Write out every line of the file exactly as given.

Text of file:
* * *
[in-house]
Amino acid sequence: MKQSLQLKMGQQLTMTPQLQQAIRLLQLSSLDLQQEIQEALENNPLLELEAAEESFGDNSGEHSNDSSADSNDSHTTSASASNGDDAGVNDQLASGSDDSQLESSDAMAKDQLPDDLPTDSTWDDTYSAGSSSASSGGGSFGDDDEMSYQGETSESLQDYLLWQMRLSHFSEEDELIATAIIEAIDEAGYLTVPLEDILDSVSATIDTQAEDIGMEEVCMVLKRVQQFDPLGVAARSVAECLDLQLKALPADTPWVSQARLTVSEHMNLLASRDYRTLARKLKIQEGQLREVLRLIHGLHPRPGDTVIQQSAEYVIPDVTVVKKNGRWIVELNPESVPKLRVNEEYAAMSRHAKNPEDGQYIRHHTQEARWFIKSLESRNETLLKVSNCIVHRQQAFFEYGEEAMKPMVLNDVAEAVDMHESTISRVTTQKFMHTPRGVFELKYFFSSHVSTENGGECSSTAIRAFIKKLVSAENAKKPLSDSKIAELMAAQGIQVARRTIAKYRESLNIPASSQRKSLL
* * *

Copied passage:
[in-house]
Amino acid sequence: MKQSLQLKMGQQLTMTPQLQQAIRLLQLSSLDLQQEIQEALENNPLLELEAAEESFGDNSGEHSNDSSADSNDSHTTSASASNGDDAGVNDQLASGSDDSQLESSDAMAKDQLPDDLPTDSTWDDTYSAGSSSASSGGGSFGDDDEMSYQGETSESLQDYLLWQMRLSHFSEEDELIATAIIEAIDEAGYLTVPLEDILDSVSATIDTQAEDIGMEEVCMVLKRVQQFDPLGVAARSVAECLDLQLKALPADTPWVSQARLTVSEHMNLLASRDYRTLARKLKIQEGQLREVLRLIHGLHPRPGDTVIQQSAEYVIPDVTVVKKNGRWIVELNPESVPKLRVNEEYAAMSRHAKNPEDGQYIRHHTQEARWFIKSLESRNETLLKVSNCIVHRQQAFFEYGEEAMKPMVLNDVAEAVDMHESTISRVTTQKFMHTPRGVFELKYFFSSHVSTENGGECSSTAIRAFIKKLVSAENAKKPLSDSKIAELMAAQGIQVARRTIAKYRESLNIPASSQRKSLL